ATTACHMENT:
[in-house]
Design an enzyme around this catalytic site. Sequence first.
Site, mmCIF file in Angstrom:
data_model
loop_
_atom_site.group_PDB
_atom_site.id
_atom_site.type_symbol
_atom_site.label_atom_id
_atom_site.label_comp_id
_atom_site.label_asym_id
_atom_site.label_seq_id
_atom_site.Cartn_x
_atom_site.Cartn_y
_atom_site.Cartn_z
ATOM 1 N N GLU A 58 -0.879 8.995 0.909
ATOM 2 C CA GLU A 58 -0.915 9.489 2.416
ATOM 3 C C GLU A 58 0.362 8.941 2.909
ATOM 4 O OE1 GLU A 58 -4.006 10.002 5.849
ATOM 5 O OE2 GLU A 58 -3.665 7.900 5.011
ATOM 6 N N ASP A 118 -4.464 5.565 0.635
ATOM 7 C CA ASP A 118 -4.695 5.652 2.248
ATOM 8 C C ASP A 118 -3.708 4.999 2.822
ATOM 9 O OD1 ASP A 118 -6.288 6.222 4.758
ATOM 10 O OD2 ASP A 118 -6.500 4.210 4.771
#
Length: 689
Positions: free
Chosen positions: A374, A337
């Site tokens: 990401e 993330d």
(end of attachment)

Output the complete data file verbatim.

[in-house]
Design an enzyme around this catalytic site. Sequence first.
Site, mmCIF file in Angstrom:
data_model
loop_
_atom_site.group_PDB
_atom_site.id
_atom_site.type_symbol
_atom_site.label_atom_id
_atom_site.label_comp_id
_atom_site.label_asym_id
_atom_site.label_seq_id
_atom_site.Cartn_x
_atom_site.Cartn_y
_atom_site.Cartn_z
ATOM 1 N N GLU A 58 -0.879 8.995 0.909
ATOM 2 C CA GLU A 58 -0.915 9.489 2.416
ATOM 3 C C GLU A 58 0.362 8.941 2.909
ATOM 4 O OE1 GLU A 58 -4.006 10.002 5.849
ATOM 5 O OE2 GLU A 58 -3.665 7.900 5.011
ATOM 6 N N ASP A 118 -4.464 5.565 0.635
ATOM 7 C CA ASP A 118 -4.695 5.652 2.248
ATOM 8 C C ASP A 118 -3.708 4.999 2.822
ATOM 9 O OD1 ASP A 118 -6.288 6.222 4.758
ATOM 10 O OD2 ASP A 118 -6.500 4.210 4.771
#
Length: 689
Positions: free
Chosen positions: A374, A337
């Site tokens: 990401e 993330d």